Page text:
Mark C. Gridley
revised by Charles Garrett
(b Chicago, IL, March 11, 1932; d New York, NY, Feb 24, 2007). American jazz violinist, composer, and bandleader. He was influenced by the violinists Jascha Heifetz, Eddie South, and Bruce Hayden, as well as the saxophonists Charlie Parker, Ornette Coleman, and John Coltrane. From 1965 to 1969 he played in Chicago with the Association for the Advancement of Creative Musicians and the Creative Construction Company, becoming the leading violinist in the free jazz style. He then helped to organize the Revolutionary Ensemble (1971) and led his own trio (1977–9) and quintet (1982–3). In addition to collaborating with such musicians as Cecil Taylor, Joseph Jarman, and Myra Melford, he also contributed to the new music scene by serving on the board of directors of the Composer’s Forum. In his later career, he turned to creating theatrical productions, including the operas Mother of Three Sons...
(b Chicago, IL, Sept 2, 1931; d New York, NY, March 27, 1993). American tenor saxophonist and bandleader. He was one of several notable jazz musicians to come out of DuSable High School on Chicago’s South Side, where his contemporaries included the tenor saxophonists Johnny Griffin and John Gilmore and the bass player Richard Davis. During his early years in Chicago he played with Max Roach and Sonny Stitt and a variety of rhythm-and-blues bands. In 1957 he moved to New York and recorded his first album, Blowing in from Chicago (BN) with the hard-bop pioneers Horace Silver on piano and Art Blakey on drums. In the years that followed Jordan performed and recorded prolifically, appearing with groups led by Silver and J.J. Johnson, as a sideman on recordings by Lee Morgan, among others, and co-leading a group with Kenny Dorham. In 1964 he toured Europe with the Charles Mingus Sextet playing alongside Eric Dolphy....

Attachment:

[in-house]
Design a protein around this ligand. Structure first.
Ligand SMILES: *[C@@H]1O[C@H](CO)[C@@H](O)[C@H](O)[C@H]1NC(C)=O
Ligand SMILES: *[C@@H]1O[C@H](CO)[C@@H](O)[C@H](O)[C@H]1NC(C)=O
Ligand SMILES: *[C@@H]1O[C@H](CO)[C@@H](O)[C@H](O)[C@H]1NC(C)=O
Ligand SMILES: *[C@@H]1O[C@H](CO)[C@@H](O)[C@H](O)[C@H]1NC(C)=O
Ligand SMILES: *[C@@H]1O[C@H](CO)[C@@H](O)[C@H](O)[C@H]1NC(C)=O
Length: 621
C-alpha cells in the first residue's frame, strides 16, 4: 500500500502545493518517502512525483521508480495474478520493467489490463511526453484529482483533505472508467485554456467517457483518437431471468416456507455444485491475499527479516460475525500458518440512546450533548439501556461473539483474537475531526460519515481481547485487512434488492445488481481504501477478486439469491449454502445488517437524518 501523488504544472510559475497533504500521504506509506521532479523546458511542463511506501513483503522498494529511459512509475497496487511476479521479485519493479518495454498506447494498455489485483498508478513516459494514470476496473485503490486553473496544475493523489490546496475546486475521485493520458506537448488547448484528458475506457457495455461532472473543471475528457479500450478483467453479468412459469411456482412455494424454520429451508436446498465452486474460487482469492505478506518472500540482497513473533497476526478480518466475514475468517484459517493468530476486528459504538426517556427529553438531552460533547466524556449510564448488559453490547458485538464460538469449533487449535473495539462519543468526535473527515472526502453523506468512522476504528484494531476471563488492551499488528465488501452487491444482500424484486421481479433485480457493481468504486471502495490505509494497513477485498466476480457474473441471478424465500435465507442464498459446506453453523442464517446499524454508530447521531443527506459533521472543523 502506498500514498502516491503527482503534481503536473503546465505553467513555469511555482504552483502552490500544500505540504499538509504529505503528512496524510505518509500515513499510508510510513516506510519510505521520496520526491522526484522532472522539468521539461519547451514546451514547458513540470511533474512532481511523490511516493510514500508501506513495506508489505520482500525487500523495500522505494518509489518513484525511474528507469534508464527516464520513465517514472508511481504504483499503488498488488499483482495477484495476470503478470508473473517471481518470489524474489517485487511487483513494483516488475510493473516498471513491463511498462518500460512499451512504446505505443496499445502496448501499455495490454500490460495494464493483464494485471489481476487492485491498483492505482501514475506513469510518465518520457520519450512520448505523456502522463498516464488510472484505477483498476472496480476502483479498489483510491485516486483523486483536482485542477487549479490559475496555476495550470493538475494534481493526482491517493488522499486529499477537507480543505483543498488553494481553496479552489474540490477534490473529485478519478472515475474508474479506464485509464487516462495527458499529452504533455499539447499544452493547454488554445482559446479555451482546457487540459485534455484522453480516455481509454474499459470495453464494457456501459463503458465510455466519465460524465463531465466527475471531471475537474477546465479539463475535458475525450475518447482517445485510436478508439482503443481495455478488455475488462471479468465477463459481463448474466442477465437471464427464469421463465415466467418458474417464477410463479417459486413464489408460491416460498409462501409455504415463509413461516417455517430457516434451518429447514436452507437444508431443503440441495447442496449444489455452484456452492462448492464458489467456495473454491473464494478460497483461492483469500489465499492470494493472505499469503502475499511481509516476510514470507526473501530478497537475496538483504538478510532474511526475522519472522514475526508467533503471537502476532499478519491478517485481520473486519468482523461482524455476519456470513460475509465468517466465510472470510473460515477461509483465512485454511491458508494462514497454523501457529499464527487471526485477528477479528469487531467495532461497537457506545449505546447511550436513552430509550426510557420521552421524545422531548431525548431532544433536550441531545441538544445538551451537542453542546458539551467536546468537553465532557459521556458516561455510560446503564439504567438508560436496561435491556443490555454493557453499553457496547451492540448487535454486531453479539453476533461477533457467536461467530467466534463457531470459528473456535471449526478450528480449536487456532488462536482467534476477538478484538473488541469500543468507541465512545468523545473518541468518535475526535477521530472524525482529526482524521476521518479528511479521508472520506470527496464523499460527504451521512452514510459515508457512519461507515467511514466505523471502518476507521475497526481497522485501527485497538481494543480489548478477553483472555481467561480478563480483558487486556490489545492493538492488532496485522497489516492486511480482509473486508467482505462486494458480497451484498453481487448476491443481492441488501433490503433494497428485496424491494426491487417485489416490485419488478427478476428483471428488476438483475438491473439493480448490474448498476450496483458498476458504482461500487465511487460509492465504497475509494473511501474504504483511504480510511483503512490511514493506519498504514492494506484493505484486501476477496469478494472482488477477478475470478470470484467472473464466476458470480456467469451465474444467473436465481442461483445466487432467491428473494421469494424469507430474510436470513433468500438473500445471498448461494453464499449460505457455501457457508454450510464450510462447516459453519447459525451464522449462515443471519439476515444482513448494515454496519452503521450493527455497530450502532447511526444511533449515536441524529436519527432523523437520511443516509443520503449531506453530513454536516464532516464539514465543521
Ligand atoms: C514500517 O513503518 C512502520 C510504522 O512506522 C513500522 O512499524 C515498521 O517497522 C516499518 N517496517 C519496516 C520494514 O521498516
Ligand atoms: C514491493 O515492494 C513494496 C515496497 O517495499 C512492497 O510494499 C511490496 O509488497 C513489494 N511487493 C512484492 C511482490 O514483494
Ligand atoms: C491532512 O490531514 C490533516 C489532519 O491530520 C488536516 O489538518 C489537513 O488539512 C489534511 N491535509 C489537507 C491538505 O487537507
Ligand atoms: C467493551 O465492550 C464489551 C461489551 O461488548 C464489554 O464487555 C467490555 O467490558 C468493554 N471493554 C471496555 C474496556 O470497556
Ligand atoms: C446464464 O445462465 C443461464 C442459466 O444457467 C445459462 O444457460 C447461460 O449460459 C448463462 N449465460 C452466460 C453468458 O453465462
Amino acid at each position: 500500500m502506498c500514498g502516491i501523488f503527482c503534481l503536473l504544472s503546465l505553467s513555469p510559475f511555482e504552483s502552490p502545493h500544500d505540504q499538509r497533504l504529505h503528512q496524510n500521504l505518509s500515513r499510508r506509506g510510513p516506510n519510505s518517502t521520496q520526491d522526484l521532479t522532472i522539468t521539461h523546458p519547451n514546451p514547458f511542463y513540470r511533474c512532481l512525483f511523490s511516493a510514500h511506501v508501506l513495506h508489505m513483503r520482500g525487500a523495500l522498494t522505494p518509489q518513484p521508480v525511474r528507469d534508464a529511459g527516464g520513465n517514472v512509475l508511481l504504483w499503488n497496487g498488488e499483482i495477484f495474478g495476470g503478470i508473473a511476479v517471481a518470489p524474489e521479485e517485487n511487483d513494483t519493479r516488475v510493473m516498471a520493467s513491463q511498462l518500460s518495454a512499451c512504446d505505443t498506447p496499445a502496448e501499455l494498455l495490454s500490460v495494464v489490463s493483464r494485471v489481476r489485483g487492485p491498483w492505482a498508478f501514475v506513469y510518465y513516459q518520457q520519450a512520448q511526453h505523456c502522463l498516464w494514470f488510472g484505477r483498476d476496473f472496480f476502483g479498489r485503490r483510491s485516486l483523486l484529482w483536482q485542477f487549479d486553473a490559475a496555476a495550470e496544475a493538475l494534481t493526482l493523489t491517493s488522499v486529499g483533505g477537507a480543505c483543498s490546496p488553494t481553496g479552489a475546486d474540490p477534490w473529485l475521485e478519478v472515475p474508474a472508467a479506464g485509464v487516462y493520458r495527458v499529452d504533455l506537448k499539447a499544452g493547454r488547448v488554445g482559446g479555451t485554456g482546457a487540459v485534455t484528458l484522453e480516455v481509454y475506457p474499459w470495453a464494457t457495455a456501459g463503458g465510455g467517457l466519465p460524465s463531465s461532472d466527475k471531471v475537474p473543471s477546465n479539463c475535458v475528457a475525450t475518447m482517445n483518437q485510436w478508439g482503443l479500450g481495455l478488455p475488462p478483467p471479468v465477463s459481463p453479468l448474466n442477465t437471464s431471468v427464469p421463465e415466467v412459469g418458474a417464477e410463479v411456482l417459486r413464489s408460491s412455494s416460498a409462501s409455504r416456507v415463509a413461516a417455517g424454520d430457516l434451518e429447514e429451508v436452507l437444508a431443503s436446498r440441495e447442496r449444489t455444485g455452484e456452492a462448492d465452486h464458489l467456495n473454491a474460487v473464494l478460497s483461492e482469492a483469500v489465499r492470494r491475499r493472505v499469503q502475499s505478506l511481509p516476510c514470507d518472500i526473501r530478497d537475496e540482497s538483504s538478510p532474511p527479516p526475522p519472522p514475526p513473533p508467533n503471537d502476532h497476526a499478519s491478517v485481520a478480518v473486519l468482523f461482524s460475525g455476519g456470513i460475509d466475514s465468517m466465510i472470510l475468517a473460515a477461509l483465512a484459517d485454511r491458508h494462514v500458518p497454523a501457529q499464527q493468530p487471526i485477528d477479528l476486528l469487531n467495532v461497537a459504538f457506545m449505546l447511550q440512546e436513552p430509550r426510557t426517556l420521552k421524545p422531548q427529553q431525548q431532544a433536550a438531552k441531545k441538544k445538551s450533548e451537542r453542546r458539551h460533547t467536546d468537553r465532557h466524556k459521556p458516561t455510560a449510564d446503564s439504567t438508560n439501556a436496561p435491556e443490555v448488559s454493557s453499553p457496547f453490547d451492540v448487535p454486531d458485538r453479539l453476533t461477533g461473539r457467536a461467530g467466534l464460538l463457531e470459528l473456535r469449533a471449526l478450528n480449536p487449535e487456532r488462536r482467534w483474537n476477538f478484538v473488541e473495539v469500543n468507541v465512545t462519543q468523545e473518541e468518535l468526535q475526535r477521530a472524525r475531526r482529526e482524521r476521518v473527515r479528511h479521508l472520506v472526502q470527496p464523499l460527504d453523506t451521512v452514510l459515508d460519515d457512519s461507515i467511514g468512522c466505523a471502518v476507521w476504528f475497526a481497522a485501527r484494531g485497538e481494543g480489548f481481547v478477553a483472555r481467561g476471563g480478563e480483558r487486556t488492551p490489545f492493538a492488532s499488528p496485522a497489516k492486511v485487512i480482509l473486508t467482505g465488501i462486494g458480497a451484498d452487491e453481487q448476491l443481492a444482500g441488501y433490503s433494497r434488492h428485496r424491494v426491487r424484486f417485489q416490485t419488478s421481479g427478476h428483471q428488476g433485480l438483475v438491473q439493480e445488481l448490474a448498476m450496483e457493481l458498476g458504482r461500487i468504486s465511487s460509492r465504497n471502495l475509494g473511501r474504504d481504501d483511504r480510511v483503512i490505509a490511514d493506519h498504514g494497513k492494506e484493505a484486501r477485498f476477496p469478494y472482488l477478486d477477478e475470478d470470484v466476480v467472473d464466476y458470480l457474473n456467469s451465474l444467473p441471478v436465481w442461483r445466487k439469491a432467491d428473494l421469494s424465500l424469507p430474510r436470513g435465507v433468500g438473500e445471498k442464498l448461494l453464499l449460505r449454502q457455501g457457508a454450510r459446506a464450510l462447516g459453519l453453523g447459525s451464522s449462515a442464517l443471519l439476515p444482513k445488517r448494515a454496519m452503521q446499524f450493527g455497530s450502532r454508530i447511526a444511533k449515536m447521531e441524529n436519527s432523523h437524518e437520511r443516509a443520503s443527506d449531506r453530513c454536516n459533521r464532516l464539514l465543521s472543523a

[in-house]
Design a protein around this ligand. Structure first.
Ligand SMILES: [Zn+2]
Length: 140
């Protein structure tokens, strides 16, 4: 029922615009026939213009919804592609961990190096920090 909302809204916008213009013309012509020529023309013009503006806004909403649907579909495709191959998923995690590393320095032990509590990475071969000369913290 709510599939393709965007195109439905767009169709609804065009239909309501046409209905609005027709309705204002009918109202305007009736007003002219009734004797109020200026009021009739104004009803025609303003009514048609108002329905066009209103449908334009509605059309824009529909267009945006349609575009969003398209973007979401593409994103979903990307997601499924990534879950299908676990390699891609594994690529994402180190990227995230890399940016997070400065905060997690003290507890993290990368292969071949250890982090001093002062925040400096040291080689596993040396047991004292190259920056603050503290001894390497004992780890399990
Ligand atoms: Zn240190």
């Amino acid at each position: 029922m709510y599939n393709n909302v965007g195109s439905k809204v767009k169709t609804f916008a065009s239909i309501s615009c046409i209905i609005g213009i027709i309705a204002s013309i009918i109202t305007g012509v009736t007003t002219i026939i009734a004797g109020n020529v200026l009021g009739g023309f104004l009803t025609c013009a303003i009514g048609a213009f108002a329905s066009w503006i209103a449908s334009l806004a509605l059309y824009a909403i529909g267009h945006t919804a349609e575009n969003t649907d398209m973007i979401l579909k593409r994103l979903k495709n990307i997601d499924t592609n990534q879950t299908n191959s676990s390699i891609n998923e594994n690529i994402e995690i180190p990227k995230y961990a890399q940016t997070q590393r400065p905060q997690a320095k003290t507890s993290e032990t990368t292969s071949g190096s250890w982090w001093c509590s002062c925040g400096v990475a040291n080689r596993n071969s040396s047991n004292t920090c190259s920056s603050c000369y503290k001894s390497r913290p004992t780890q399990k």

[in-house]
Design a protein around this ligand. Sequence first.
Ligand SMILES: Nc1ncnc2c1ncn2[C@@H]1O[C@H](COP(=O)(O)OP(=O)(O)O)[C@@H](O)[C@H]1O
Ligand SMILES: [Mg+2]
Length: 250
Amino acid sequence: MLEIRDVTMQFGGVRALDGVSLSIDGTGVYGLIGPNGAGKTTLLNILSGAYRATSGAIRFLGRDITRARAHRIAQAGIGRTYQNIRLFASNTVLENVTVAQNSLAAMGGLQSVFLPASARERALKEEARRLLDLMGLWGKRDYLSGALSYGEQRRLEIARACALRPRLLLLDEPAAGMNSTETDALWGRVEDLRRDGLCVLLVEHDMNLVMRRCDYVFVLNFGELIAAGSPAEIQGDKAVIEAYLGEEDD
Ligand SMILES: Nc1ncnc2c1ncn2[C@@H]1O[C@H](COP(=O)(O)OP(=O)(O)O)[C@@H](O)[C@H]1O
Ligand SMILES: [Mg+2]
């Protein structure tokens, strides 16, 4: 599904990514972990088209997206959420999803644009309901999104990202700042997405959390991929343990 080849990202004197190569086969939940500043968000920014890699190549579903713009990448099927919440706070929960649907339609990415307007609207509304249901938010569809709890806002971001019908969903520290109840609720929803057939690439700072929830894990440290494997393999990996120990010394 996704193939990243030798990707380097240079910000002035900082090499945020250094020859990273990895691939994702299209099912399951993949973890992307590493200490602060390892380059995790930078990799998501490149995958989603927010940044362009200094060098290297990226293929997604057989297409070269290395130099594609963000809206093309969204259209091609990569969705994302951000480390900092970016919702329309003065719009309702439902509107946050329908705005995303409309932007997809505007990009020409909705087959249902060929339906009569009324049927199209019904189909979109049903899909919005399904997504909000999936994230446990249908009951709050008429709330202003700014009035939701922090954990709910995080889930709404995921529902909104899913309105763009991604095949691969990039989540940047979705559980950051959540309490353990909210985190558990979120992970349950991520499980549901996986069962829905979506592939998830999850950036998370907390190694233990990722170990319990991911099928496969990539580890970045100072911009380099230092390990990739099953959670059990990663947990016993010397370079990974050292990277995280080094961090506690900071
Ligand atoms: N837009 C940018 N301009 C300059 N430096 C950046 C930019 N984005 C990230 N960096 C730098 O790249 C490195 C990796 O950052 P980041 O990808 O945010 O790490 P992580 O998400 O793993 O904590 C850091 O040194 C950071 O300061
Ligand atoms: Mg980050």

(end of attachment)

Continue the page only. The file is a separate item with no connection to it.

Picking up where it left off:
J. Bradford Robinson
(b Baltimore, MD, Dec 31, 1908; d Hollywood, CA, June 14, 1952). American jazz double bass player and bandleader. Originally a trombonist, he played tuba and double bass with Fletcher Henderson (1930–34, 1935–6) and Chick Webb (1934–5), attracting attention with his strong pulse and walking bass lines. In 1937 he established his own small group at the Onyx Club, New York, with the trumpeter Frankie Newton and the alto saxophonist Pete Brown. The following year the band’s personnel stabilized into a sextet: Charlie Shavers (trumpet), Russell Procope (alto saxophone), Buster Bailey (clarinet), Billy Kyle (piano), O’Neill Spencer (drums), and Kirby, with the frequent addition of the singer Maxine Sullivan (Kirby’s wife). From 1938 to 1942 this group was perhaps the leading small jazz ensemble in the swing style and gained a nationwide from its many recordings and network radio broadcasts. The group concentrated on a chamber jazz style with intricate arrangements (many of them by Shavers), a subdued dynamic level, light swing, and extremely precise ensemble playing. In this way they presaged many cool jazz groups of the late 1940s and early 1950s, particularly those of Lennie Tristano. From ...